The U.S. Food and Drug Administration (FDA) today warned five companies over what it calls the illegal sale of products containing delta-8 THC.
Companies receiving warning letters were ATLRx Inc., Alpharetta, Georgia; Bio MD Plus LLC, Marietta, Georgia; Delta 8 Hemp, Los Angeles; Kingdom Harvest LLC, Hendersonville, North Carolina; and M Six Labs Inc., Saukville, Wisconsin.
FDA Principal Deputy Commissioner Janet Woodcock said the agency “is very concerned about the growing popularity of delta-8 THC products being sold online and in stores nationwide.”
Appealing to kids
“These products often include claims that they treat or alleviate the side effects related to a wide variety of diseases or medical disorders, such as cancer, multiple sclerosis, chronic pain, nausea and anxiety,” Woodcock said, adding: “It is extremely troubling that some of the food products are packaged and labeled in ways that may appeal to children.”
FDA also warned all five companies to stop health-based marketing claims for CBD. The agency started sending out CBD warnings in 2019 and since that time has cited a number of companies over such claims.
FDA and CBD
FDA rules bar the marketing of cannabis derivatives in food products, with both CBD and delta-8 THC unapproved for human and animal consumption. Despite repeated calls for regulations from CBD stakeholders, the agency has yet to comprehensively address the compound’s legality, saying more research is needed.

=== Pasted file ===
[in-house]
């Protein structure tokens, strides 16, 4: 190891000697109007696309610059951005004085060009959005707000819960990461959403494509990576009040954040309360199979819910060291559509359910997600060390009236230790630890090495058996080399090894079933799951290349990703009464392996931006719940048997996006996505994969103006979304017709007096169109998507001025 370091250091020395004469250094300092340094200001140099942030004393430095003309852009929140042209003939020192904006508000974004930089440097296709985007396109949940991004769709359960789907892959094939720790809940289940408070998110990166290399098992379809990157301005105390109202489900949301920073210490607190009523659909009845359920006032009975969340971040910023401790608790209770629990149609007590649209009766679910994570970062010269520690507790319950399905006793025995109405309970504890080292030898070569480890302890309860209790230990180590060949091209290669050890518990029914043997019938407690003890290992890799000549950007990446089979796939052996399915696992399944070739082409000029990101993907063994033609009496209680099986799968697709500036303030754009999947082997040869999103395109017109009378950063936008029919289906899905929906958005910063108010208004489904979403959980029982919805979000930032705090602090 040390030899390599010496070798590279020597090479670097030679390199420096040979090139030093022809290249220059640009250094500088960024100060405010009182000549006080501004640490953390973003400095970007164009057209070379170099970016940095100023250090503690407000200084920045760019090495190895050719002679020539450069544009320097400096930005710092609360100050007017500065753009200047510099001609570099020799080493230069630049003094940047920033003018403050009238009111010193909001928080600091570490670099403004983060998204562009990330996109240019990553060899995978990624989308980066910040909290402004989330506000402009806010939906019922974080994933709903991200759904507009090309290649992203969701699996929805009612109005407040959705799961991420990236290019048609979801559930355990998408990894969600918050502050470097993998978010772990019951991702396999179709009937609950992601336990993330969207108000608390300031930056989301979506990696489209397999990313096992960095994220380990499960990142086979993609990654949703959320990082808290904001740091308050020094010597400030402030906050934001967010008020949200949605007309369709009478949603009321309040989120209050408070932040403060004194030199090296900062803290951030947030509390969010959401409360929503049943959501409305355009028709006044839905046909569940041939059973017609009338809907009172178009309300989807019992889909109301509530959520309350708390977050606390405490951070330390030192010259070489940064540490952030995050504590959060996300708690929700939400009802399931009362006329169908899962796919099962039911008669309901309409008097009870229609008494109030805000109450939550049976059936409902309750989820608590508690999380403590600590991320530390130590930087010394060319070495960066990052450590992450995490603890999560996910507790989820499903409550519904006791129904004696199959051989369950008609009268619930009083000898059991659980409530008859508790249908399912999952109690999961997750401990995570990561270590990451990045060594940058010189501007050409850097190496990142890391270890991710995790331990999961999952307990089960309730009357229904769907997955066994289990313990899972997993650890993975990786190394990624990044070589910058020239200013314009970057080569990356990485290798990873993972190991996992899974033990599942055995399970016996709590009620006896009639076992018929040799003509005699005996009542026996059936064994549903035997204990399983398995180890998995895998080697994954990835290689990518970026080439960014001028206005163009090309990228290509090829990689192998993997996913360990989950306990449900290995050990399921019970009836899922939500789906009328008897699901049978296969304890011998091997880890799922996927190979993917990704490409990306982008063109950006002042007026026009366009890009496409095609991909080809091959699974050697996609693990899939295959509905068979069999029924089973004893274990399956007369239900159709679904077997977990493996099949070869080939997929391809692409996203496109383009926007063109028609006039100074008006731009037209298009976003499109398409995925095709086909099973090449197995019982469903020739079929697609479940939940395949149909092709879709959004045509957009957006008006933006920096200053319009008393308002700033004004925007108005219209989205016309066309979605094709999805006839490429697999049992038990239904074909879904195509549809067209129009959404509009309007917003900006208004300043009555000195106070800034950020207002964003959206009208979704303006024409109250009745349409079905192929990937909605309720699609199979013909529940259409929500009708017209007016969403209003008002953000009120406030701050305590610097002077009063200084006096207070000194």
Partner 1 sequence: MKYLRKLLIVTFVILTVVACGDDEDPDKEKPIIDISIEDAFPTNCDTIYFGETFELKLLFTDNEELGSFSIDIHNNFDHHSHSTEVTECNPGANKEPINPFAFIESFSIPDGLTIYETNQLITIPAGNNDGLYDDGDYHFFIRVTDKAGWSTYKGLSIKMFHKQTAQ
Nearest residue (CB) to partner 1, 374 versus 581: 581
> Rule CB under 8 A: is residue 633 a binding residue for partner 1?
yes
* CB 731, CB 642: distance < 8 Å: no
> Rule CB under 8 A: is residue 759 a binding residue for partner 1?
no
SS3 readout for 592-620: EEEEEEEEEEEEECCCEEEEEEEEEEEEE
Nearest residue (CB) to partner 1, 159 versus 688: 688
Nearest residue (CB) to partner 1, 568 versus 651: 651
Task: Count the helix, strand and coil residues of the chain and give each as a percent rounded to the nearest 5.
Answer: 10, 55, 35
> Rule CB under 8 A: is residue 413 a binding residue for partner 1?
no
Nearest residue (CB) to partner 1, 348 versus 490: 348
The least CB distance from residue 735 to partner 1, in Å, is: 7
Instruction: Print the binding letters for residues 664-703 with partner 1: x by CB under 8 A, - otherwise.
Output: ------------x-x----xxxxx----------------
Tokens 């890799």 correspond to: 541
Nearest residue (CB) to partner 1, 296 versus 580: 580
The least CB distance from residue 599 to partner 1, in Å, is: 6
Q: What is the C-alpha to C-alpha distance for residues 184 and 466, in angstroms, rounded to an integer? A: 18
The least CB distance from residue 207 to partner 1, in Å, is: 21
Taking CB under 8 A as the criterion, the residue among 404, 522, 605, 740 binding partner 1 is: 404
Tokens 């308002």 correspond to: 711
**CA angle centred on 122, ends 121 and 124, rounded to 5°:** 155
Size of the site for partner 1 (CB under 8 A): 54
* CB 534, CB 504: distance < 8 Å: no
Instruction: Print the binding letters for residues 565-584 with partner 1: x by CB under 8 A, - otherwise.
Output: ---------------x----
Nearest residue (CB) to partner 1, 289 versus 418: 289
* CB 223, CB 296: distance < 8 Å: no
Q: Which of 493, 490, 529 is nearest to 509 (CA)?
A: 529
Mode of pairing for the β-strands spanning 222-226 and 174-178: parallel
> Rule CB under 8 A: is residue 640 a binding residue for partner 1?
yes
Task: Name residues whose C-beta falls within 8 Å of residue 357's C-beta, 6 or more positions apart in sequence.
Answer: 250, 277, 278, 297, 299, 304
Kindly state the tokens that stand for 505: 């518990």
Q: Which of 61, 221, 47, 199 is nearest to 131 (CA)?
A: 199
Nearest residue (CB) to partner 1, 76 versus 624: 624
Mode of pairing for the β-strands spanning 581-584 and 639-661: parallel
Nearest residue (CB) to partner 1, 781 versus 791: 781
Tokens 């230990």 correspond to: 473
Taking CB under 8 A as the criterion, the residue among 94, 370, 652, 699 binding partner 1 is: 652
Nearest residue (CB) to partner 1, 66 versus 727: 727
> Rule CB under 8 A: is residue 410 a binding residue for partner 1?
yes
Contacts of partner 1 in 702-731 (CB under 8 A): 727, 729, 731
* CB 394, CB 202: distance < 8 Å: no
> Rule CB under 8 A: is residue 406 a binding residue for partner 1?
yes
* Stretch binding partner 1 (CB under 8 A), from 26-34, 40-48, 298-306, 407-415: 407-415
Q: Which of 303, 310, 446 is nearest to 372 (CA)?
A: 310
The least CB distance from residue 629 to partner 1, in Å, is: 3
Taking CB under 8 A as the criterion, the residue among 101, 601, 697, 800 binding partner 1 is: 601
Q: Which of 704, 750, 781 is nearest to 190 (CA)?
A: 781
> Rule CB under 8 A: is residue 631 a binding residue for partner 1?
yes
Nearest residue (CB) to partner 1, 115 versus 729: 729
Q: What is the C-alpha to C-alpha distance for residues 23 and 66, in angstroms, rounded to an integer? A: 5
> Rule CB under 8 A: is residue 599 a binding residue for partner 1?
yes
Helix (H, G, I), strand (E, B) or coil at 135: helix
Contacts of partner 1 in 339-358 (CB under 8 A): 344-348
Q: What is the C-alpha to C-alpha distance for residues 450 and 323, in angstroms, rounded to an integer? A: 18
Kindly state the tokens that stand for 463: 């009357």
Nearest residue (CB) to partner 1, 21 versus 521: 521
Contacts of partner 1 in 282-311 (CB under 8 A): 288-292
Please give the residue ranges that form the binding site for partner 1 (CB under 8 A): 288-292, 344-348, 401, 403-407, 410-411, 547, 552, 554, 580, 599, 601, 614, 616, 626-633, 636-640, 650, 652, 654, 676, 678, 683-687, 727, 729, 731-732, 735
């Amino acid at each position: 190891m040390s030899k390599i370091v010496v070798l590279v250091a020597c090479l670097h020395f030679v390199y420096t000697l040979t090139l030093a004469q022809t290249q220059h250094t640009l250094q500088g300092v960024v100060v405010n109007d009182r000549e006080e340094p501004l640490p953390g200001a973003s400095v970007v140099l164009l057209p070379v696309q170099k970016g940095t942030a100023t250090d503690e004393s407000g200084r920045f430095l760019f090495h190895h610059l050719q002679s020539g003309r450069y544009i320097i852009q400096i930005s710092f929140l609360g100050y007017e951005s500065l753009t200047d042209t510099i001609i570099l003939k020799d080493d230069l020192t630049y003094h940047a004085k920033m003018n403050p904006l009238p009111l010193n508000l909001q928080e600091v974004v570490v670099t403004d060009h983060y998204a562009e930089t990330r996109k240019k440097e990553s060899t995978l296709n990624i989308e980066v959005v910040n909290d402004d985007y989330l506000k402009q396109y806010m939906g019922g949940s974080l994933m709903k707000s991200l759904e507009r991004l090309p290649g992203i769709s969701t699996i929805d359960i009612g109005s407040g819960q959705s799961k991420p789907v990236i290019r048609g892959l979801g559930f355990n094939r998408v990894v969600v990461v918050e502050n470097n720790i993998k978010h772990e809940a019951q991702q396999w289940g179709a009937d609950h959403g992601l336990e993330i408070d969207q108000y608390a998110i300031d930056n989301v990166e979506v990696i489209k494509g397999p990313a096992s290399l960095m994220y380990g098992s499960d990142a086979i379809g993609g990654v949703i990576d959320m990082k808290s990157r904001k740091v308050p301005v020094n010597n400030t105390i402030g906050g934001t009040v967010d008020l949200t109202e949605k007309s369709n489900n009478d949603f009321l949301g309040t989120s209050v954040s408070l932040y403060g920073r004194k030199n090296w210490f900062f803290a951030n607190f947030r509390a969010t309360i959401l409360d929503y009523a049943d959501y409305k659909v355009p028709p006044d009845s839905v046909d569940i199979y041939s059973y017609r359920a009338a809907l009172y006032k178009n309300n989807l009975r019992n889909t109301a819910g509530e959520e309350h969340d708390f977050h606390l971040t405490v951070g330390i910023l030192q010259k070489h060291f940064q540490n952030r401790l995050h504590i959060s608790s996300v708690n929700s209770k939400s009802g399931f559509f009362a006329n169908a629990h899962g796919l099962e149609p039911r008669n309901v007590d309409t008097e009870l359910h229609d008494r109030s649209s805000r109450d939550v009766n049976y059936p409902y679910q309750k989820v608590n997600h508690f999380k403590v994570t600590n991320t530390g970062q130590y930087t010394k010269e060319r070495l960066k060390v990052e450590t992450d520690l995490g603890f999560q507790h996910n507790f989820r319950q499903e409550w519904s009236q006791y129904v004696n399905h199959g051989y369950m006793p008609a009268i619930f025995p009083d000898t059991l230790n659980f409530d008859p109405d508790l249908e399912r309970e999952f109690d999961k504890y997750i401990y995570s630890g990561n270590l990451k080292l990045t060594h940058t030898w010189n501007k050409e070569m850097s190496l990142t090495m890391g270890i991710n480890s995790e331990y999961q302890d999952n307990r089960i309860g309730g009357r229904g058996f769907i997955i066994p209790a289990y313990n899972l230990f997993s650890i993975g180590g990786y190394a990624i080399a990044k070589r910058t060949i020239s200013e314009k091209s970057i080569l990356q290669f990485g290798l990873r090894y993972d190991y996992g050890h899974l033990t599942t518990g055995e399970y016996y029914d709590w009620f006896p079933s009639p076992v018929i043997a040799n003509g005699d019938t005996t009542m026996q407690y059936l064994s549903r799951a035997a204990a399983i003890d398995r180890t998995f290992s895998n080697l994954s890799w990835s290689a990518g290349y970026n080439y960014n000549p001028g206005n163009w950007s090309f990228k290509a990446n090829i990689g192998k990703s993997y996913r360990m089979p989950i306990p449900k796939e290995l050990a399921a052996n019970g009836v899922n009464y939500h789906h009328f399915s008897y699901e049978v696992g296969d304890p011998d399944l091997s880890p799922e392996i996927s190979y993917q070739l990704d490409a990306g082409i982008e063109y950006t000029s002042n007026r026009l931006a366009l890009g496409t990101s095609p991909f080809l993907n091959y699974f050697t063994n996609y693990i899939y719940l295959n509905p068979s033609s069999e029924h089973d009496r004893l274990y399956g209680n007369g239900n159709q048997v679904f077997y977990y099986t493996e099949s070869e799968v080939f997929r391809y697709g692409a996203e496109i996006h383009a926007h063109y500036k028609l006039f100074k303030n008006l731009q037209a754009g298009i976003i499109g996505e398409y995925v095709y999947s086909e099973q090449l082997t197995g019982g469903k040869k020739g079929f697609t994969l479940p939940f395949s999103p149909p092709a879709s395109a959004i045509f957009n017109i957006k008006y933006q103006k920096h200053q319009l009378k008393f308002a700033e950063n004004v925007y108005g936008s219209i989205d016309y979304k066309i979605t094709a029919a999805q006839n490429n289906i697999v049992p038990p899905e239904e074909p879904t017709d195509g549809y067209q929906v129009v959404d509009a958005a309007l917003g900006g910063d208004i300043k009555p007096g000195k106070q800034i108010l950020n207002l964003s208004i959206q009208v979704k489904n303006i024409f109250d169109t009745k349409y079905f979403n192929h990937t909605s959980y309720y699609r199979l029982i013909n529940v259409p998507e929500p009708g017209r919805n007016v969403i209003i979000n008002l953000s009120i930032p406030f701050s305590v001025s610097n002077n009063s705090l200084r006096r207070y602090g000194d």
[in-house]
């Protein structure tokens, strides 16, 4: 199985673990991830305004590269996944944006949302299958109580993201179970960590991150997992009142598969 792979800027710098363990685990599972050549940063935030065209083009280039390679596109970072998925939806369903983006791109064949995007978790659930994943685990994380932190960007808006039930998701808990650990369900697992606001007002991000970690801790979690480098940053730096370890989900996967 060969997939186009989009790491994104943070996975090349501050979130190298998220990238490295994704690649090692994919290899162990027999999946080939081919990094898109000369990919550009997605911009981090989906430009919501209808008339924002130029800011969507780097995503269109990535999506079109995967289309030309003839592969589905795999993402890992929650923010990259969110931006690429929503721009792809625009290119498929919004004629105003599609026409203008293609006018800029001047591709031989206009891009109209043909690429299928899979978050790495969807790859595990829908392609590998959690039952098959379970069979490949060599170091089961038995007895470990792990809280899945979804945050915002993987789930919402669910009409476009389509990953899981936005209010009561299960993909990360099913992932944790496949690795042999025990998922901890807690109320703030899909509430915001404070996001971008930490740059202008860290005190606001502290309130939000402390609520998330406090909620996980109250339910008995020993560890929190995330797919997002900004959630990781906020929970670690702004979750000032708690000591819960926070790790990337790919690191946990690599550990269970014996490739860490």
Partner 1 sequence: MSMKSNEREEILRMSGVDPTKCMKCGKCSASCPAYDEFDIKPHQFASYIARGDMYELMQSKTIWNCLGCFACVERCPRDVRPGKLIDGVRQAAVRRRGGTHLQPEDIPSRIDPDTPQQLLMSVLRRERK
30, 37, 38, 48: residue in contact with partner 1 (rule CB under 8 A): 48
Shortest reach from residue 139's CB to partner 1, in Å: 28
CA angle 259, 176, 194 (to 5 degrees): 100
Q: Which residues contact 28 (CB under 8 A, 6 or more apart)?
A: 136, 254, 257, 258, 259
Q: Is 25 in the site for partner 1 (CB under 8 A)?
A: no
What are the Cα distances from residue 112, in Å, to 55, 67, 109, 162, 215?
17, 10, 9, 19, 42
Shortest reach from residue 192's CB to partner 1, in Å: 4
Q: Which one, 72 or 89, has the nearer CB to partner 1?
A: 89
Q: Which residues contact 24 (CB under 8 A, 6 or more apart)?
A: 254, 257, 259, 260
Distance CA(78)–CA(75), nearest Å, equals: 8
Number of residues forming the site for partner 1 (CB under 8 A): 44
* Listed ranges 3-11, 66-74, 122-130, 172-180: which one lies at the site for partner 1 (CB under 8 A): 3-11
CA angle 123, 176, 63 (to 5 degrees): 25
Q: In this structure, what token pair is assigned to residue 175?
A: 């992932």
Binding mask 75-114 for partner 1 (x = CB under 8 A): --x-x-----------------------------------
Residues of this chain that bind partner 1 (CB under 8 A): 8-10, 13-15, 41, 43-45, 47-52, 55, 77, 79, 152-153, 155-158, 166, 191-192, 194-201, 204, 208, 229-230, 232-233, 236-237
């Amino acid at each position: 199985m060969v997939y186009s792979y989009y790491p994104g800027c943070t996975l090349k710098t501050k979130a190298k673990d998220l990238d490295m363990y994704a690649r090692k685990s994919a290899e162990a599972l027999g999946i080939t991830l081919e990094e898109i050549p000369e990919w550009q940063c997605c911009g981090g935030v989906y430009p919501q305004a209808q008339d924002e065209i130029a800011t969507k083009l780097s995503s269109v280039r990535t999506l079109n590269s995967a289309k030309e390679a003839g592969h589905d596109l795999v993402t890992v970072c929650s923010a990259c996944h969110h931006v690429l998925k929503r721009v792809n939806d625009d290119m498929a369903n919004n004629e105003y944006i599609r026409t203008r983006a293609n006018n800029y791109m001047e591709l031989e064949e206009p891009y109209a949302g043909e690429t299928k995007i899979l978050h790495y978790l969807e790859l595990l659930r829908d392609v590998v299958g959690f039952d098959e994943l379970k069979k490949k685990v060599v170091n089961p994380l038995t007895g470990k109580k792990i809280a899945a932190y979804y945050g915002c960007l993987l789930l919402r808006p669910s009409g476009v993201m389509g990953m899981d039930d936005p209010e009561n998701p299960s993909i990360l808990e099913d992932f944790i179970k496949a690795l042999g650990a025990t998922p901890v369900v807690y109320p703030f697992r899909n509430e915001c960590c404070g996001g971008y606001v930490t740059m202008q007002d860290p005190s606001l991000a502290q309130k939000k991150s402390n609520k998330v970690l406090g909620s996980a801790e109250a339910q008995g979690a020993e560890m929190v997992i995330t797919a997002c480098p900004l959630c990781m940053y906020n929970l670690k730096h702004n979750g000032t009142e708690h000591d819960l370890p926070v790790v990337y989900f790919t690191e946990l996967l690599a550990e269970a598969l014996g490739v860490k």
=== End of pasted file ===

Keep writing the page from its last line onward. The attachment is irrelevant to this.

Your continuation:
Some stakeholders have said CBD may only find a legal path to market through legislation after the FDA last August rejected two food safety applications by a pair of major U.S. sellers, citing a clause in the Food, Drug & Cosmetic Act that prohibits supplements from containing pharmaceutical ingredients. CBD is the active ingredient in Epidiolex, which is approved by the FDA, but as a drug. CBD is otherwise unapproved.
Grappling with delta-8
States all over the USA are meanwhile grappling with delta-8 THC, which is unregulated by the U.S. Drug Enforcement Administration and falls into a legal gray area. Some states have outlawed the compound altogether while others are treating it under rules guiding products that carry delta-9 THC, the more common form of THC derived from marijuana plants.
Proponents of delta-8 THC have argued that the compound is a legal derivative of hemp, which was legalized federally under the 2018 Farm Bill. But regulators have pushed back because delta-8 THC is not derived from the hemp plant in a natural manner.
Gummies to pet treats
Products containing delta-8 THC that were cited in the letters issued today included gummies, chocolates, caramels, capsules, chewing gum, peanut brittle, sugar, candy, syrup and vape cartridges.
CBD products mentioned in the warning letters included capsules, gummies, coffee, tea, CBD oils and treats for pets, hand sanitizer and a range of topicals.
The letters urged the companies to ensure they comply with federal law and FDA regulations, and warned they could face “legal action including, without limitation, seizure and injunction” for failing to do so. The companies have 15 days to reply.